When you choose Brown & Stedman LLP to represent you as your Costa Mesa DUI attorneys, we will carefully review the details of your arrest, analyze the police’s handling of you during booking, and determine the best defenses available to you.
If you have been wrongfully charged with a DUI violation you did not commit, your defense attorney’s job is to help you avoid an unjust conviction. The burden of proving your guilt beyond a reasonable doubt rests on the prosecution. If you did not commit the DUI offense in question, the prosecution would be hard-pressed to establish the evidence necessary to convict. However, you should not sit back and passively hope for the prosecution’s case to fall apart. It is important to be proactive in your defense, highlighting any inconsistencies or problems with the criminal justice process applied to your case.
If you know you made a mistake and violated California’s DUI law, it is still possible to avoid conviction if the police made any due process errors during arrest and booking, if your chemical test sample was compromised or contaminated in any way, or through the prosecution’s failure to establish guilt beyond a reasonable doubt. However, if the prosecution has a solid case against you and conviction is all but certain, your Costa Mesa DUI attorney can still help you through the plea-bargaining process.
Plea bargaining is essentially a tradeoff between the defense and the prosecution in a criminal case. To avoid a lengthy trial that demands court resources, the prosecution may be willing to lower the defendant’s sentence or reduce their charges to lesser offenses in exchange for an immediate guilty plea. This will avoid a time-consuming trial, and your Costa Mesa DUI lawyer will help you determine whether a plea bargain would suit your best interests. For example, if you face your first DUI charge in California but did not injure or kill anyone while driving under the influence, the judge overseeing your case may be willing to reduce your charge to a “wet reckless,” which incurs much lower penalties.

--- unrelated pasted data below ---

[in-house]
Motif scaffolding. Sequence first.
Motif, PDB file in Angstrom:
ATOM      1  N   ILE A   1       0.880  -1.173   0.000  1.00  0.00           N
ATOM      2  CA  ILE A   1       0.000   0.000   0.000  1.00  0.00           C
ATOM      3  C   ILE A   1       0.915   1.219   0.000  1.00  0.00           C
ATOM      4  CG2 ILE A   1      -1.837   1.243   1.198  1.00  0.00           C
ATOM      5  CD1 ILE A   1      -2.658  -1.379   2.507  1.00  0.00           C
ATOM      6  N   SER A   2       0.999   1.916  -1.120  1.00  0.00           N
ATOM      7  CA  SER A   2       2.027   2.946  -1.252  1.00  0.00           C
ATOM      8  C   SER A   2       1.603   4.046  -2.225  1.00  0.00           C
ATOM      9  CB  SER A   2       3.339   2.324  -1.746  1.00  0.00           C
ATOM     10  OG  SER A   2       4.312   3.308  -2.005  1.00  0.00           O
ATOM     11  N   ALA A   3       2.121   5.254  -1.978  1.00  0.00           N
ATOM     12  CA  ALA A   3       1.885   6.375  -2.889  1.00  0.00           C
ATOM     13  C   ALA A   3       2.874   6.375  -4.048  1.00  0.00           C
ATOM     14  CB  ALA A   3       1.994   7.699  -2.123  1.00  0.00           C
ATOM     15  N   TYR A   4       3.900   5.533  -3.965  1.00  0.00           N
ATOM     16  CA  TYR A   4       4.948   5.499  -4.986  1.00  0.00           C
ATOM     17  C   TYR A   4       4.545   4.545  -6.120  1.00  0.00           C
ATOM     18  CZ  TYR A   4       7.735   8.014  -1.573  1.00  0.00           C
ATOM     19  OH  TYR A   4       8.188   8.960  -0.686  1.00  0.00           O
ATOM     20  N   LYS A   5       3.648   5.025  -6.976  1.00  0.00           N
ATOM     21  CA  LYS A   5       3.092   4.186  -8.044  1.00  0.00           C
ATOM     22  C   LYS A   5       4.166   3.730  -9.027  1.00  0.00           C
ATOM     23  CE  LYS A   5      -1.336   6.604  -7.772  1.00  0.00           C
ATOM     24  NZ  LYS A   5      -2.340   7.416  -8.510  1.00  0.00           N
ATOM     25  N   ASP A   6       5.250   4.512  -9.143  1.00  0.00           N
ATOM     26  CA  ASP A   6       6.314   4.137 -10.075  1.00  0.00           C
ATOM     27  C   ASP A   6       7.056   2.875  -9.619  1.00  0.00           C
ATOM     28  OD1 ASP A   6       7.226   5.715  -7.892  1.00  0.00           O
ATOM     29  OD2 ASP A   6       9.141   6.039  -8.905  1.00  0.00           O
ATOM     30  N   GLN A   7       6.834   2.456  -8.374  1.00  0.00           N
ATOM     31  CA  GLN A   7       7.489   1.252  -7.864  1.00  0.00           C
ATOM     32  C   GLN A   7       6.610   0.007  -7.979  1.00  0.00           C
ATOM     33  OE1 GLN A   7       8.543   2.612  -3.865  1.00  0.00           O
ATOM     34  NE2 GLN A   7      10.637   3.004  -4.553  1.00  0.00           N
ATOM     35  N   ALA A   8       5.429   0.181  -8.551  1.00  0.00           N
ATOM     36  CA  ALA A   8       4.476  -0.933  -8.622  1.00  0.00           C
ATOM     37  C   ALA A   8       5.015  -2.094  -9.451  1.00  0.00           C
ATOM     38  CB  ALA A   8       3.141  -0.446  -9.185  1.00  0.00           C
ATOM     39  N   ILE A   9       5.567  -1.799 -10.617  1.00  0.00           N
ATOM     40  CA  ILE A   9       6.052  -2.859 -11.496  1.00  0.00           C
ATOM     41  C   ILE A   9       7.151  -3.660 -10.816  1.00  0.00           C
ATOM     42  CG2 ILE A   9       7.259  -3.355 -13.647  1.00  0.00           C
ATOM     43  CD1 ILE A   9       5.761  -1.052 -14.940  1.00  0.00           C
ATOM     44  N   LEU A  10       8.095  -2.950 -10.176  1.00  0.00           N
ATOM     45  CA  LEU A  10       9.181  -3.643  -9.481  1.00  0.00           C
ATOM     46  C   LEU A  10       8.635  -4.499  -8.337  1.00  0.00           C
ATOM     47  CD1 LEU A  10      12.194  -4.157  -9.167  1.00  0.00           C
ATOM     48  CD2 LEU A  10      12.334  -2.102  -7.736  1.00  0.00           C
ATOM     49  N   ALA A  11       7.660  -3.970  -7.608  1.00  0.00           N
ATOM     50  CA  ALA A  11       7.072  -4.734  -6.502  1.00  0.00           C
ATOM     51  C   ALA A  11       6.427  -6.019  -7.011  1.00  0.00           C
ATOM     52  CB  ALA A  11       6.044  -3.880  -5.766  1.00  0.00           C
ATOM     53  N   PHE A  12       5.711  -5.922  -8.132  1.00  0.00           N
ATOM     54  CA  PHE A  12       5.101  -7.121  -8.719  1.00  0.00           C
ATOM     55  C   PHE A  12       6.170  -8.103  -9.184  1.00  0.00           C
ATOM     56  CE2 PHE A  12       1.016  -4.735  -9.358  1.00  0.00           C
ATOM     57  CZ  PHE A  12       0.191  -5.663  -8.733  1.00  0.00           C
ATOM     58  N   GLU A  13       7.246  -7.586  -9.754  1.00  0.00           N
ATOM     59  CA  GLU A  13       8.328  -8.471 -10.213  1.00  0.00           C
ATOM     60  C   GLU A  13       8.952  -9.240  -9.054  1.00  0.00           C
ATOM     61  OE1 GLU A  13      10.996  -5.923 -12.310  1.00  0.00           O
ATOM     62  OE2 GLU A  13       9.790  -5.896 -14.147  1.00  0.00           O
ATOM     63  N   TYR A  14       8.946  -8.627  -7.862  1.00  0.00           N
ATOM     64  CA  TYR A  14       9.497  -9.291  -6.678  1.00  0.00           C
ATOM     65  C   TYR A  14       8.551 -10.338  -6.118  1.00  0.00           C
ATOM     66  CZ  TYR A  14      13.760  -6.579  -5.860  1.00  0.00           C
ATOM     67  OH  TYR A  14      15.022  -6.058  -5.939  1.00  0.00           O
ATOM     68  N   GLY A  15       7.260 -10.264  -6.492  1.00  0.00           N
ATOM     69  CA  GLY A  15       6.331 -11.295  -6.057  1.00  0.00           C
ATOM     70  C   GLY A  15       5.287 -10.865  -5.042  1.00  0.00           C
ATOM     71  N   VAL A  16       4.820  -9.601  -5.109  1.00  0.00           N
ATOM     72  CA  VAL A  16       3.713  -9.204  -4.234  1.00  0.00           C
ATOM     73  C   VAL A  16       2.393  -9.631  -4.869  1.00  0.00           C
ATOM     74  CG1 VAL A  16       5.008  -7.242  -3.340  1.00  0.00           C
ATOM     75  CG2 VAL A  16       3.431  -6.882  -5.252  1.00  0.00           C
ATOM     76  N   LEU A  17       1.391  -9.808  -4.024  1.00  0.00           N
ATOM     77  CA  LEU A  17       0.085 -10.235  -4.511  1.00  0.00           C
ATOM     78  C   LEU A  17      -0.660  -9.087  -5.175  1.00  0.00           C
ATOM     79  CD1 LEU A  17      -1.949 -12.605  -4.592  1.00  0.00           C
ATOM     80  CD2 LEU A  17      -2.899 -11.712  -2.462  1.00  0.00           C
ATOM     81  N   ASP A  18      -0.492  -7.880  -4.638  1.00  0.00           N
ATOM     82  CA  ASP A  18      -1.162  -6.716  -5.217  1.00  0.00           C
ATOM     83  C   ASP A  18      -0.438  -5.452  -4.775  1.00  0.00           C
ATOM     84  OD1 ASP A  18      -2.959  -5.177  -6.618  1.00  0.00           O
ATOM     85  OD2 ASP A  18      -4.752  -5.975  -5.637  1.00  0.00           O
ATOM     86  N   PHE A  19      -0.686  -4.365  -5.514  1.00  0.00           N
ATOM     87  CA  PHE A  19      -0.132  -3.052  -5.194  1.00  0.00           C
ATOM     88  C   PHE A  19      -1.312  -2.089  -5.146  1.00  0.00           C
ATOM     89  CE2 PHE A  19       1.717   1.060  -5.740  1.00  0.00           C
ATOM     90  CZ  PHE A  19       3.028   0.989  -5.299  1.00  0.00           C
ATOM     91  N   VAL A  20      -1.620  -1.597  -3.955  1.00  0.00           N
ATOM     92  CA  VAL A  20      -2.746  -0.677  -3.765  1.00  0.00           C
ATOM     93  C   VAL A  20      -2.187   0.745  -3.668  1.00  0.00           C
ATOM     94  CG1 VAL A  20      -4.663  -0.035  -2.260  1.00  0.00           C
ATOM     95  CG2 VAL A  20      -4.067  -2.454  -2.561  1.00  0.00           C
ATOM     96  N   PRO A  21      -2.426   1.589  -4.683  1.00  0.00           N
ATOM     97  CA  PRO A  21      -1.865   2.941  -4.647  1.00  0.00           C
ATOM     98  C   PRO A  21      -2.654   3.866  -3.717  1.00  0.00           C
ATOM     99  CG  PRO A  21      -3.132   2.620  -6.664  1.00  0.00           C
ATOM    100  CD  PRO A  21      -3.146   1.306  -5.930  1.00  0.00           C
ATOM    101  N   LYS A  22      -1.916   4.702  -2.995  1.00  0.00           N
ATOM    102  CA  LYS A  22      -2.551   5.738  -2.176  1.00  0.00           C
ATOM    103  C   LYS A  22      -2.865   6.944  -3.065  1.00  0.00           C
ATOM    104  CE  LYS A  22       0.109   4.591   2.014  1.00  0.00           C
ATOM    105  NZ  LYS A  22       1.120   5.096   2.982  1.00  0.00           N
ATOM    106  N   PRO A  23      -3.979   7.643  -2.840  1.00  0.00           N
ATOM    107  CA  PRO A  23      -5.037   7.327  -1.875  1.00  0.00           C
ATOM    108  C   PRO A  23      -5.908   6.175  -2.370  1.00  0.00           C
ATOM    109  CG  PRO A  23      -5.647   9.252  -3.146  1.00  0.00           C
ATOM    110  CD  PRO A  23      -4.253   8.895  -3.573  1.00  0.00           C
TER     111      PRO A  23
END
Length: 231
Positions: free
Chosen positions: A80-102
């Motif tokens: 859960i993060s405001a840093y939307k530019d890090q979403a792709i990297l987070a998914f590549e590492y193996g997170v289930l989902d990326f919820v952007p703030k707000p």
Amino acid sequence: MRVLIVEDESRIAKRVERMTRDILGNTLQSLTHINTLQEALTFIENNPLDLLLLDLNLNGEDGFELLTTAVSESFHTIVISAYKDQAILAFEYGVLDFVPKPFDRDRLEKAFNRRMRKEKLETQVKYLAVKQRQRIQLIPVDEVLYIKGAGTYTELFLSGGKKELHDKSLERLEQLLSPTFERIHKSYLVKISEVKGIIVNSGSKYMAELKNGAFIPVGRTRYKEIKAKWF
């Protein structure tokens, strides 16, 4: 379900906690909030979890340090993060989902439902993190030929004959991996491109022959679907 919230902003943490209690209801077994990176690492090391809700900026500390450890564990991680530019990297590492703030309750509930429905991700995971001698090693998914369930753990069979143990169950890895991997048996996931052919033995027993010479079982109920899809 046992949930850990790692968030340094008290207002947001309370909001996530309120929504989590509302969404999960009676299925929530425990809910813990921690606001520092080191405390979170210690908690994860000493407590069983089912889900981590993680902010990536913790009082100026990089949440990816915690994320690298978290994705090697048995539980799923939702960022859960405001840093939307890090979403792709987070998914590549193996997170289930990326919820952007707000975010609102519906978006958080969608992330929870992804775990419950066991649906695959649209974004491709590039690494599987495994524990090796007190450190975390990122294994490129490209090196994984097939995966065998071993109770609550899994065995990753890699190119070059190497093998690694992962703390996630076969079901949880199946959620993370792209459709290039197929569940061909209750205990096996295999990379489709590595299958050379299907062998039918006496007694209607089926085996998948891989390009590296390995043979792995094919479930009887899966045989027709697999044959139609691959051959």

Ultimately, a conviction for DUI can be very costly for the defendant both in terms of their personal life and their professional career. The defendant can lose professional licenses upon conviction of DUI and face disciplinary action from professional oversight entities. They will also lose standing in their community and face various personal consequences resulting from the inability to drive during their license suspension period. In addition, some defendants will be compelled to attend substance abuse treatment programs, DUI school, and attend victim impact panels that confront them with the family members of people killed by intoxicated drivers.
It is easy to feel as though the entire system is working against you when you face DUI charges in Costa Mesa, but the right defense attorney on your side can dramatically improve your experience and potentially lead to much lighter penalties than you may have initially expected.
Getting arrested for DUI is not the end of your story. You do, however, need to find out what your legal options are.
Throughout the Rancho Santa Margarita and Santa Ana areas of California, too many people make the mistake of representing themselves after they have been stopped for DUI. Do not make that mistake.
DUI is not just a ticket. It is a criminal conviction that puts your future at risk both professionally and personally.
For that reason, turn to us here at the law office of Brown & Stedman LLP. We will put many years of tried and true experience in criminal justice matters to work for you.
Our firm takes a uniquely personalized approach to your needs. We want you to have access to our attorneys so they can get to know you and advise you properly.
We do not make you wade through assistants and other support staff to talk to us. We are your contact when you have questions about your case. Our clients call, and we respond; it’s as simple as that.
The sooner you secure legal representation, the sooner you can begin constructing your defense with the help of an experienced Costa Mesa DUI attorney. Brown & Stedman LLP has the criminal defense experience you need when you are facing conviction, and we can help you determine the best defenses available to you in this challenging situation. You can contact us today to schedule your free initial consultation.
We invite you to call us at 949-459-5900 to schedule your free initial consultation. You can also reach our firm by contacting us online.